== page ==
What’s the difference between a gargoyle gecko and a crested gecko?
Which one is better for a pet owner?
So you’re looking to adopt a new lizard, but you’re torn between two similar yet distinct species: the crested gecko and the gargoyle gecko.
These adorable pet reptiles appear to be very much alike at first glance, yet their personalities, diets, and care requirements vary.
Let’s break down each category and look at the pros and cons of each species to help you choose the perfect lizard to take home.
Table of Contents
Gargoyle Gecko Vs. Crested Gecko: What’s the Difference?
To a less experienced reptile owner, the gargoyle and crested geckos don’t seem to have many differences at face value.
However, they are each a unique species with their personalities, diets, and care needs.
Both the gargoyle gecko and the crested gecko are native to the same area.
They come from New Caledonia, a French territory made up of multiple islands off the eastern coast of Australia, and are both members of the Diplodactylidae family of geckos.
Before 2012, crested geckos were lumped into the same genus as gargoyle geckos, Rhacodactylus, a group of medium-sized geckos found in New Caledonia’s group of islands.
They are now classified as part of the genus Correlophus, which includes three other similar species.
These geckos both primarily live in rainforests and are arboreal, meaning they spend most of their time climbing trees and branches.
Regardless of which lizard you choose, the enclosure you create for them will need to mimic their natural habitat as closely as possible, and their diet must also be composed of the foods they tend to eat in the wild.
Physical Size and Appearance
Gargoyle geckos, also known as New Caledonian bumpy geckos, are medium-sized lizards, ultimately reaching a weight of around 60 to 70 grams at adulthood.
They have large, bulging eyes and triangular-shaped heads which lack the eyebrow crests present in crested geckos.
When measured from nose to tail tip at their adult size, they grow to lengths of about 8 to 9″ inches (23 cm).
They are a slightly heavier gecko than the crestie, so they are slightly less acrobatic and agile than their eyelashed counterparts.
These exotic geckos have vivid, elaborate colors and patterns which blend in well with their natural environments of brown and green foliage.
In captivity, they have developed a variety of beautiful color morphs thanks to the careful preservation and breeding of reptile breeders over the past few decades.
Nowadays, gargoyle geckos are easily found in shades of bright red, orange, brown, beige, and white from breeders and pet shops.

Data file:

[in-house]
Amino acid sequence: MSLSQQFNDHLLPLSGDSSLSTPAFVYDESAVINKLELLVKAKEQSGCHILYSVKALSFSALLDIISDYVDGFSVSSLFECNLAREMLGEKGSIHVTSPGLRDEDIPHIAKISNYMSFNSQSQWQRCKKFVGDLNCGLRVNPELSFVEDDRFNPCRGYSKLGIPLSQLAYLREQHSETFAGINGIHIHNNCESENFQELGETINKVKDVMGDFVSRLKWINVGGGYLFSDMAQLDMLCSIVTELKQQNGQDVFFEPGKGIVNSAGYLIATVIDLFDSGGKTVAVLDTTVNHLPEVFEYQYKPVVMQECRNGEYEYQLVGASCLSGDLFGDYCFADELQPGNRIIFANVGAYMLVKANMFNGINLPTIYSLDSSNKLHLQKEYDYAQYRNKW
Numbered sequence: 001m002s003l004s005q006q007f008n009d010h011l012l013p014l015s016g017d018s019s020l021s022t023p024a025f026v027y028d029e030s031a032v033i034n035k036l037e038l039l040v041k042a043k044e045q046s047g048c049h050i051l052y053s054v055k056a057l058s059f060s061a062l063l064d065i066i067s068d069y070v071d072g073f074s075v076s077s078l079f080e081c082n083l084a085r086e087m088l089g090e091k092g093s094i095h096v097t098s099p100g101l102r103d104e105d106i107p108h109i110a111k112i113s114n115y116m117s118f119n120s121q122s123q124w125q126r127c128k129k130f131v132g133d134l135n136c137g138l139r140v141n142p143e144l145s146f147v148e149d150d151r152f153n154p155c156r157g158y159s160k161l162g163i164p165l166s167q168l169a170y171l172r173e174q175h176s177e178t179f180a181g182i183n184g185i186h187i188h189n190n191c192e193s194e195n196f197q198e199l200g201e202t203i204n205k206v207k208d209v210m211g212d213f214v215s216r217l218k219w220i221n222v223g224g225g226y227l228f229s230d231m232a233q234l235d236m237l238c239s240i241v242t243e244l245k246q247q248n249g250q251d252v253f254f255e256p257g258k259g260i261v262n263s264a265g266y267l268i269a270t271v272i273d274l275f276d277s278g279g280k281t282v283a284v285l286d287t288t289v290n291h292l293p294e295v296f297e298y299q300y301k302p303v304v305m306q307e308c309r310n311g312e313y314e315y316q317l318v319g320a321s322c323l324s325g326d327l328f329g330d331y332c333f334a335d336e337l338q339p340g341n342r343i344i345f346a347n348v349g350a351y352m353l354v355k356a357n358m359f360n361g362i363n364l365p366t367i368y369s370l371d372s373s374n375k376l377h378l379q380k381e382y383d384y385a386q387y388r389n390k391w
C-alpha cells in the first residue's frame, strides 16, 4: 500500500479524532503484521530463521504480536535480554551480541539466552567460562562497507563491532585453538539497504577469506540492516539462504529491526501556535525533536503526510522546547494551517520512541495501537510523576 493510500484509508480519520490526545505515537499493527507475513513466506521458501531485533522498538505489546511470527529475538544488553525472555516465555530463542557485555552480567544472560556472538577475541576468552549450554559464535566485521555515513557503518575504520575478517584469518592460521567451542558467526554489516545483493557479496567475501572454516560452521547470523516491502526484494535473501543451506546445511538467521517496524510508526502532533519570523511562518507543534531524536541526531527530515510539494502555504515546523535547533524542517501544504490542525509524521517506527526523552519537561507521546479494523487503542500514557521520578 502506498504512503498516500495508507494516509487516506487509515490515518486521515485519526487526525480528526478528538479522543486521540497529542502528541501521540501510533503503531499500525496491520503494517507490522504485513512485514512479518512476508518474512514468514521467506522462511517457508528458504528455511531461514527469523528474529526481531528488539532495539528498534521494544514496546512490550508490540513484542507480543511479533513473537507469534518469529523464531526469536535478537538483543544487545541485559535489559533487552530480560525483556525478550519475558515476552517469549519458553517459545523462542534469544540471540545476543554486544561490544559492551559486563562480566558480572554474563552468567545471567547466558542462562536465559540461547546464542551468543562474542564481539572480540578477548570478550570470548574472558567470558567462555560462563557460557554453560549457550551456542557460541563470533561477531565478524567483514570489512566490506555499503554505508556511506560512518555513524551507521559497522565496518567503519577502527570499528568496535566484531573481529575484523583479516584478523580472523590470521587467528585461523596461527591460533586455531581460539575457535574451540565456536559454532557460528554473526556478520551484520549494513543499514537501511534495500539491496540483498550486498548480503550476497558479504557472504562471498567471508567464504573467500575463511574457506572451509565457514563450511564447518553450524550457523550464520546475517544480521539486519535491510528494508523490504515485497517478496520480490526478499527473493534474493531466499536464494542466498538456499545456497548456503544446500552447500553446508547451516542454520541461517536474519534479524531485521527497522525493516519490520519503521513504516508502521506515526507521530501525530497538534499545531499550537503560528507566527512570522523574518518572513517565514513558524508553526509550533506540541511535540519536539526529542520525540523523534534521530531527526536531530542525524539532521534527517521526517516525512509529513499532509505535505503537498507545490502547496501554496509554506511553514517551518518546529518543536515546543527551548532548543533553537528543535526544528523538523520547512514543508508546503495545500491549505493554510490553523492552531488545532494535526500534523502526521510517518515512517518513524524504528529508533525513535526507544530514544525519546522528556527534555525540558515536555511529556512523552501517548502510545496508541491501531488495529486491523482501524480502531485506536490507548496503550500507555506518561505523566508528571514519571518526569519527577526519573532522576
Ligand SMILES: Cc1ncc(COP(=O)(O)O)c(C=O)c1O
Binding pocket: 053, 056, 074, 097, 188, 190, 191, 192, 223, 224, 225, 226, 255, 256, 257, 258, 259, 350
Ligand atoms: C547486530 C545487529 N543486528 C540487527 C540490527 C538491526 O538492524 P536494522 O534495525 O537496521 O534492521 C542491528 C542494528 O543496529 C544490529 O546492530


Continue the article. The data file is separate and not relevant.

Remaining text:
Crested geckos, sometimes referred to as eyelash geckos, are also medium-sized lizards, but they are slightly smaller and shorter than gargoyle geckos.
Upon reaching adulthood, they grow to an adult weight of around 50 to 60 grams.
When measured from nose to tail tip, they typically reach anywhere from 5 to 8″ inches (20 cm) long.
Their most striking feature is their eyebrow crests resting atop each of their large, bright eyes with slender pupils.
This is the origin of their namesake and their nickname, “eyelash” geckos because the crests look like long eyelashes when viewed from the front.
These geckos are usually brown or beige in coloration, but in recent years reptile breeders have expanded this array of colors to orange, red, white, and yellow with varying patterns like spots and stripes.
Crested geckos now have a wide array of morphs and patterns you will be able to choose from if you decide this lizard is right for you.
Personality and Temperament
While both lizards are considered great options for beginner reptile keepers due to their calm and friendly personalities, gargoyle geckos are slightly more reclusive and take more time to socialize.
They are also known to be more aggressive and territorial, so if you are hoping to cohabitate multiple geckos, this particular lizard will be more difficult to contend with because it is known to display aggression towards other members of its species.
Most reptile experts recommend a separate enclosure for each of your gargoyle geckos if you plan on adopting more than one due to their territorial nature.
In addition, gargoyle geckos spend more of their time hiding away in the corners of their enclosures and aren’t as active as crested geckos.
If you are interested in watching your pet frequently explore their tank, you could end up disappointed when your rather secretive gecko spends most of its time in its hide or under the leaves and branches in its enclosure rather than exercising out in the open.
Still, gargoyle geckos make great companions and enjoy human companionship, even if they take more time to warm up to their owners than the average crested gecko.
Crested geckos, also known as “cresties,” are a very popular option amongst novice and expert reptile owners alike, thanks to their goofy, wide-eyed expressions and curious, friendly personalities.
They are easy to handle, enjoy spending time with people, and are less aggressive and territorial overall than gargoyle geckos.
They are friendly geckos and spend lots of time climbing around in their tanks on any foliage supplied to them.
Crested geckos are also lighter in weight than gargoyle geckos, making them more acrobatic and better suited to scaling branches and platforms as they traverse their enclosure with ease.
Because they are also quite outgoing, they greatly enjoy spending time out in the open rather than hiding.
Generally, these pet lizards are friendlier and more active than the gargoyle gecko, but their individual personalities still vary from lizard to lizard.
For first-time reptile owners who want to handle and interact with their pets more frequently, this could be the right choice.
Lifespan in Captivity
In captivity, the gargoyle gecko is capable of living up to 20 years or more if kept in optimal conditions and provided a balanced, healthy diet.
However, most gargoyle geckos live to be around 15 years old because of variations in genetics and quality of care.
Compared to other geckos and reptiles in general, this species has a relatively long lifespan and should be considered a long-term responsibility as they require ongoing care.
Keep this in mind when deciding which of these lizards is the right choice for you.
The crested gecko also has a fairly long life span in captivity.
This species has been observed to reach 20 years of age or older in rare instances, but they typically live around 15 years due to, once again, differences in genetics and the quality of care they are given.
This lizard is also quite the undertaking if you are considering adopting it as a new pet.